Obama is a remarkable man. Yes, he was raised "white" but he's managed to still honor his blackness as much as his whiteness--his otherness as a whole. He has never separated himself from the AA community--he's embraced it, as he's embraced all communities. Obama has taken a global view to communities and this is what is appealing to people. He's able to relate to virtually everyone and people can relate to him. As long as he isn't refuting his African heritage, the AA community will embrace him (unlike say Clarence Thomas) and as long as he's not bashing the white community, he will appeal to many white people (unlike Al Sharpton).

    As for the conservative aspect, I think you can look to Colin Powell. Colin Powell could have won a presidency. He would have received support from many AAs because he would have been as moderate as Bill Clinton evolved to be.

    AAs want an intelligent, caring representative who doesn't ignore them or treat with the disrespect. Powell easily fits this. AAs won't support (en masse) individuals who will make their life worse (why a Clarence Thomas would never be supported). So it's not so much about the party, it's a bit more about the character. Obama's character, like Powell's shines.
     
  10. Flashy

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    I understand that, but please try and stay to the original topic...this is not it.

    The discussion is centered on how Obama and others are perceived for who they are, based on their racial content and their communities.

    I understand it, but this is less about politics, and more about identity.

    thanks
     
  11. Lex

    Lex
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    I can think of manly conservative African Americans that I like (to various degrees). Colin Powell comes to mind.

    It's about the total package. I don't blindly support any one person for any one reason on any one topic.
     
  12. D_Thoraxis_Biggulp

    D_Thoraxis_Biggulp New Member

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    Well to bring it back around then, given the education system we have in place, most people wouldn't see him as a "real black man" if he ran as a Conservative/Republican. (That's essentially what I was getting at, that it wouldn't be an issue if our education system were better.) Hell, people made the same accusation of Obama when he announced his plan to run for the candidacy in his home state rather than in Atlanta. It's a sad fact but still the truth that many black people, or atleast the most outspoken among them, would not identify with him as their racial brethren and thus would not be swayed by his color or perhaps even pushed away by the combination of such with his affiliation.
     
  13. HyperHulk

    HyperHulk New Member

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    Flashy, I'll try to share a little bit more with you on this.

    For many AAs, Obama is a bit of a conflict because he's not the typical AA. The one thing missing from him is his relationship to slavery that many AAs born in the US deal with. Nevertheless, as an AA living in the US he would have experienced what any other AA experienced. His experience growing up around mostly "white" people isn't that different than many multi-racial AAs or AAs who live in white communities. So for many AAs, he's not the perfect representative, but he's close enough and the best shot. So yes, he'll be co-opted and his African aspect will be emphasized because that's the part the other AAs can relate to and point their children to. If he becomes president, AAs will be able to say that anything, anything is truly possible--make it happen. Do you remember the Cosby show? Well, thousands of AA children grew up dreaming of being a lawyer and doctor because they saw it on tv. Just imagine how this will open the minds of many AA children? That's what AAs are hoping for. Obama won't change the world per se, but it's a step in changing perceptions and possibilities and every little bit helps.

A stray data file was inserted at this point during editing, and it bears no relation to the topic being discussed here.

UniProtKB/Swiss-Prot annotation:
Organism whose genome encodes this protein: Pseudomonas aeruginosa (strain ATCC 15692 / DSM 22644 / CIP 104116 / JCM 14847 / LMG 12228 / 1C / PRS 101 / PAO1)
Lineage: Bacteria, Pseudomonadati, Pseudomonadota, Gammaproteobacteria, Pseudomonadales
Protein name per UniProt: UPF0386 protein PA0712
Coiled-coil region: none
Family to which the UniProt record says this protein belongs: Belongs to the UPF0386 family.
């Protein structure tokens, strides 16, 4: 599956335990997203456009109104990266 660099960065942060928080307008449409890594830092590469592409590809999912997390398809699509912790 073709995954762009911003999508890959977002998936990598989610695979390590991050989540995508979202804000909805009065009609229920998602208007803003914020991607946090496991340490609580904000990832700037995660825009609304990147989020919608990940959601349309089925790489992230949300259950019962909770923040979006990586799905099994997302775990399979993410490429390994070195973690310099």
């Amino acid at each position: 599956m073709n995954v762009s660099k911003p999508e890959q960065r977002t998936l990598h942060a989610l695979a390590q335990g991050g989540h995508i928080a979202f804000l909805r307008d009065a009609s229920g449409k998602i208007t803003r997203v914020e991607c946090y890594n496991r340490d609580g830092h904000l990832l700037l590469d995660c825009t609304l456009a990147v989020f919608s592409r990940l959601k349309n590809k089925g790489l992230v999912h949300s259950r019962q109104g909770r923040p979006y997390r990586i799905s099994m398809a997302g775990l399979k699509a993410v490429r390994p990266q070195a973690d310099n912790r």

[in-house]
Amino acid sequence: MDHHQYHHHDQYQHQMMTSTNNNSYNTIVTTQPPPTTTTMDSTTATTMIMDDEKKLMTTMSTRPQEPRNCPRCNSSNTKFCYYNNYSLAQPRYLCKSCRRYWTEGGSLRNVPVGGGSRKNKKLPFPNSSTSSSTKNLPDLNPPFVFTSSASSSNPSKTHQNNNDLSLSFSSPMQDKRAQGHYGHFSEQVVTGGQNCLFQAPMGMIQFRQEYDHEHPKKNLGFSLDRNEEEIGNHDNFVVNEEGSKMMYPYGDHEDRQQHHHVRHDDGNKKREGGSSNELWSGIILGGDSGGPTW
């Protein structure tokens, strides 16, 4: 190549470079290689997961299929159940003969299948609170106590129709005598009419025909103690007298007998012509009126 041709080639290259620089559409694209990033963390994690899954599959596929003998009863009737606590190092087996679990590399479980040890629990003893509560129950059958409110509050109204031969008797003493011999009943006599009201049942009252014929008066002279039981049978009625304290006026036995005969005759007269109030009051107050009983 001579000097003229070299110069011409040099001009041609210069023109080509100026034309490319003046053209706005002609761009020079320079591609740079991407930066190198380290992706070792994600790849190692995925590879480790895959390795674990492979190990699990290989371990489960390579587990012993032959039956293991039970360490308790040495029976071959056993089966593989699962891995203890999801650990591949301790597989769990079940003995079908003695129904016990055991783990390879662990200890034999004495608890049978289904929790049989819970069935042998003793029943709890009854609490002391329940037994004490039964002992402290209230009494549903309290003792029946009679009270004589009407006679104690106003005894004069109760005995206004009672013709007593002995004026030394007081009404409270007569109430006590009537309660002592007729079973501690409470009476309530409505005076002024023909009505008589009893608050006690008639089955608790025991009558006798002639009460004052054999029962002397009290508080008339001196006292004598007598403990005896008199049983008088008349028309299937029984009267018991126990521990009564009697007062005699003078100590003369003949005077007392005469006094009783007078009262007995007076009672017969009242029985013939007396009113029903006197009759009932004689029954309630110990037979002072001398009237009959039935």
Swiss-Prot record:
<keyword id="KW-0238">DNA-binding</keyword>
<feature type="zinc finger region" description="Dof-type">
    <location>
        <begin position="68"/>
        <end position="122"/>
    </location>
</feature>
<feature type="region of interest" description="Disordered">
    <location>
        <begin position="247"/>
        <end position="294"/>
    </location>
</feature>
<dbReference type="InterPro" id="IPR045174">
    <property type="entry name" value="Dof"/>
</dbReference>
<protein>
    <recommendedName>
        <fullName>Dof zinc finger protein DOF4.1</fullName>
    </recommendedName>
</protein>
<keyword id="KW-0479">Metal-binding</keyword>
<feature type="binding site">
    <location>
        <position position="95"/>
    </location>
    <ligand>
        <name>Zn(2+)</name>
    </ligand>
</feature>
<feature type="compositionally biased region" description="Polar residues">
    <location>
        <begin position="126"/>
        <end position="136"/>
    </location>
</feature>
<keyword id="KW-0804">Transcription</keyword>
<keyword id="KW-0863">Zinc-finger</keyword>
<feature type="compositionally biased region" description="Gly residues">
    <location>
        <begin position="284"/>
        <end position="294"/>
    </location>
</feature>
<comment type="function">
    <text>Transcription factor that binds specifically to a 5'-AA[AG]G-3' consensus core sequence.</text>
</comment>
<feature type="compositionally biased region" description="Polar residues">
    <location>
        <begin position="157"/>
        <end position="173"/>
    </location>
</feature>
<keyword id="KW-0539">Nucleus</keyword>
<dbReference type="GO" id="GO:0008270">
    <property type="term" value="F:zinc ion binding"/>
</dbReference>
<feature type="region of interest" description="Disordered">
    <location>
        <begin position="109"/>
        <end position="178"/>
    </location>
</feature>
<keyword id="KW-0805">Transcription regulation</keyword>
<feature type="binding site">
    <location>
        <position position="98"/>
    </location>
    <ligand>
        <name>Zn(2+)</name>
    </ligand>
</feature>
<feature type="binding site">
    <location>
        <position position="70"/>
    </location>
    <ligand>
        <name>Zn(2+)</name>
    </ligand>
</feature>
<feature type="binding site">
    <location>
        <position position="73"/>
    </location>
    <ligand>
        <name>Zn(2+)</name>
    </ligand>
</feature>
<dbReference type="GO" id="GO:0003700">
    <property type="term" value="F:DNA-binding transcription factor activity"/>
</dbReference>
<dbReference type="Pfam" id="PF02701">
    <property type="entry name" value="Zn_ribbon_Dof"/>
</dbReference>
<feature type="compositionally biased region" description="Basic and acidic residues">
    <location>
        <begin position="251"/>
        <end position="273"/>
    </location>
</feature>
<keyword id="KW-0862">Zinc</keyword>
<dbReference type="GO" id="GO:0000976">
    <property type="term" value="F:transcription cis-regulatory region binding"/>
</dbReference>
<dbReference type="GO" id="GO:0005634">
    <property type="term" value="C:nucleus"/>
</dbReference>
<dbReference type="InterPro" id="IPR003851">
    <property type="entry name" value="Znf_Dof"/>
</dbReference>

Also, I'll be candid to say that Obama helped himself by having an AA wife. Unlike many successful AA men in the public eye, he didn't get a white wife unlike say Tiger Woods). I think this helps him more than anything and it can't be quantified. If Obama had a white wife he would lose the support of more AAs than anything connected to his father being African or that Obama was raised by white parents. For many AAs, Obama is genuine.
     
  14. HyperHulk

    HyperHulk New Member

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    Like I wrote earlier, I think Colin Powell would have defied the conventional wisdom. Powell would have gotten the support of most AAs, even the extreme ones. No one doubted his character or his love of other AAs. Everyone thinks that AAs are so liberal, but that's not necessarily true. Many AAs can be quite conservative. What they care about is who cares about them? Democrats have managed to send a message, we care about you and we listen to you. The Republican message seems to be, we don't need you and we think you're draining us. Powell never transmitted that message. AAs would have trusted Powell. The problem is, he didn't want the madness of a campaign and he's a rare bird, like Obama.